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Brewgooder launched in early 2016 with CEO and serial social entrepreneur Alan Mahon at its helm. The craft beer company is unique in that 100% of its profits are donated to clean water charities working in developing countries.
The mission is simple, make good craft beer for people to enjoy, and provide clean water for one million people around the world.
Mahon’s story begins a few years back, when he was 21 and working in Nepal, ‘I was out in the provinces… I drank some water which I shouldn’t have, and I was warned against. Progressively, it made me quite ill and when I came back [to Glasgow], I had a parasite which was doing me a wee bit of damage’.
Thanks to the NHS, Mahon received the treatment needed to ensure he returned to the full of his health. But the incident had a profound impact on him, as he recognised that without clean water and a proper health infrastructure, too many people become fatally ill, as they continue to be denied one of the most basic necessities of life; clean drinking water.
It wasn’t until 2013, when Mahon started working with Social Bite – a social enterprise that employs homeless people to produce and distribute sandwiches around Scotland – that he began to think again about his experience in Nepal and how he might establish a business where he could marry his ambition and entrepreneurial spirit, with his values and his passion for helping others.
‘I fell into social enterprise; it gave me the opportunity to build a business, to live by my values and to help other people. You get the satisfaction of building up a brand, making sales and having a team of dedicated employees but you do it for non-financial reward’.
‘Social Bite was like my apprenticeship; the guy who founded it and I got quite close, and we were thinking of new business ideas, for me it was not too much of a leap to go into craft beer with Brewgooder’.
The idea for Brewgooder came to the lads one night in a pub. But they knew immediately that brewing beer to help with homelessness, as they had being with Social Bite, would have undermined their intention, ‘while craft beer is not the cause of homelessness, we couldn’t mix the aspect of addiction with addressing homelessness’. It was then that Mahon came up with his idea to make great beer which would give someone else clean drinking water: ‘There was a nice symmetry, a business model that was not for profit; 100% of profits given to clean water projects’.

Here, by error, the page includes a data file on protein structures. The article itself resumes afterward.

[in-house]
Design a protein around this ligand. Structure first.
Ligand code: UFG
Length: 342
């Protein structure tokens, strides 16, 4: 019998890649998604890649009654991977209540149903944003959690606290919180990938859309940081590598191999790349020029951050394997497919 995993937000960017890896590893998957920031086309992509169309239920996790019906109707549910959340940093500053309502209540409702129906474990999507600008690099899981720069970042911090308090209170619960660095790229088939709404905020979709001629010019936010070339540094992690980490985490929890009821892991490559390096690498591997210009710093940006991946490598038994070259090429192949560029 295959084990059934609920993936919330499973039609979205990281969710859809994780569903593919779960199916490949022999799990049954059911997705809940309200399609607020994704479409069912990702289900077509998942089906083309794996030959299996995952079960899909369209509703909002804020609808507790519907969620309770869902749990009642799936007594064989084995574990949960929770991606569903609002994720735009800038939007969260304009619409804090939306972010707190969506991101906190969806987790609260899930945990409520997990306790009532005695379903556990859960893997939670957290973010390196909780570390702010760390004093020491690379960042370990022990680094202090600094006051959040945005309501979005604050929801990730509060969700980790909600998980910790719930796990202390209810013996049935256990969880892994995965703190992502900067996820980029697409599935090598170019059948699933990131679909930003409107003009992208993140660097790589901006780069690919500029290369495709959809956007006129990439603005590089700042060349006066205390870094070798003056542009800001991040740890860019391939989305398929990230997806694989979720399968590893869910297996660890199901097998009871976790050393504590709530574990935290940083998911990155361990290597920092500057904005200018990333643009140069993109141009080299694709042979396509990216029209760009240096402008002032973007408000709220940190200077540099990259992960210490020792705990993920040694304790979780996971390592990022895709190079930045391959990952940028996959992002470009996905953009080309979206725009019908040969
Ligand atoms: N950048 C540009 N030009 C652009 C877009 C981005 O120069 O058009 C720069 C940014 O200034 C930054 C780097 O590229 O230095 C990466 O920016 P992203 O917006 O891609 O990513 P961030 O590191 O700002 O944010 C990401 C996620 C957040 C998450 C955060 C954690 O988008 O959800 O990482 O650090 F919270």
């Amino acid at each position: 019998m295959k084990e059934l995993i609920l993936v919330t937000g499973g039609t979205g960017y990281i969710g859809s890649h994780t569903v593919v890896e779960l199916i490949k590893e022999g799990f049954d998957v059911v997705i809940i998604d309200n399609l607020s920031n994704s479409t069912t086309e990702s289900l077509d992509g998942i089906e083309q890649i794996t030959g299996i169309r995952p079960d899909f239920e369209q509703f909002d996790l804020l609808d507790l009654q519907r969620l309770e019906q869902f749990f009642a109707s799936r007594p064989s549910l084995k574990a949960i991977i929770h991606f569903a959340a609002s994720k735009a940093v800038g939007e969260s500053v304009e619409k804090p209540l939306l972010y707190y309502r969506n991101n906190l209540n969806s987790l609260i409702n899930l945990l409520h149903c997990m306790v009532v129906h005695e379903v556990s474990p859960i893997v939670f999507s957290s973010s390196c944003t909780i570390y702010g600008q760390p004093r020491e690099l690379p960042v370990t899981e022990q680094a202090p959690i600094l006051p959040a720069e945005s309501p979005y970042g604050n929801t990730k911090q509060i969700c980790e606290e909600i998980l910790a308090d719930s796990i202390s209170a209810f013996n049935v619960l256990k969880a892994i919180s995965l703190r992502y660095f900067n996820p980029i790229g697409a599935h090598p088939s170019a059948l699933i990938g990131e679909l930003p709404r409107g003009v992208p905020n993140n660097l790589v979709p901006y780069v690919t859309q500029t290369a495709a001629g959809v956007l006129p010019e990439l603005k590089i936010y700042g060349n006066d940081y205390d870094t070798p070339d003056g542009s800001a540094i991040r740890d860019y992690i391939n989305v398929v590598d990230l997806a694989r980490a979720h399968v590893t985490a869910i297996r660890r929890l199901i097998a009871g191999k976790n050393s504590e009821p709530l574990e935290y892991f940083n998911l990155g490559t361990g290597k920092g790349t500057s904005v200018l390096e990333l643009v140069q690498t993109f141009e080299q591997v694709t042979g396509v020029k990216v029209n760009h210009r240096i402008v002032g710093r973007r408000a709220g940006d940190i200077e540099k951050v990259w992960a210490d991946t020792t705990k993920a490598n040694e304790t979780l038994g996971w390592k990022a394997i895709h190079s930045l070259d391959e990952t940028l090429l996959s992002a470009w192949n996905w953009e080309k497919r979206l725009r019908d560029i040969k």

So how does it work? ‘We have a selling price which includes cost of goods, the making of the beer, employing the people to sell it. Then, whatever we have left, we pass that onto our charity partners’.
‘So far in our first year, we have provided 5,000 people in two towns in Malawi with clean drinking water, by March 2018, we hope to have scaled that up from two projects to 60 which means over 30,000 people will have access to clean water.’
This is very early days for the project and it has been massively successful already, but as with any young business, there are certain challenges; ‘We’re working in different countries where you can’t always be on the ground, so you have to have trust with the NGOS and the charity partners that you’re working with.’
Mahon is constantly checking in with himself, to ensure his values are aligned with his business goals: ‘As long as we can keep increasing our impact, consumers will understand that this is a worthwhile investment. Sooner rather than later we’ll be taking people out of a situation where they don’t have safe water to drink.’
‘We’re ambitious to think that we can provide clean water to one million people – to a certain extent it’s naivety. But if we got to half a million, I would feel comfortable saying that we made a difference, we’ll just keep going, whether that takes 5 years like we thought, or whether that takes 20 years – we’re still going to get there.’
And what if they reach their target, will they stop making beer? ‘If we get to a million people we will just start a new campaign and probably try get to two!’.
Right now, Brewgooder is available in many restaurants and pubs around the UK and has just been stocked on the shelves of Asda. It’s not currently available in the Republic of Ireland, but for a man with a goal to provide one million people with clean drinking water, it seems like it’s just a matter of time: ‘I’m Irish, so I want to make sure that the next time I visit my sister in Dublin, that I can have a pint [of Brewgooder] with her in one of the pubs there’.
You can learn more about the campaign by visiting their website here.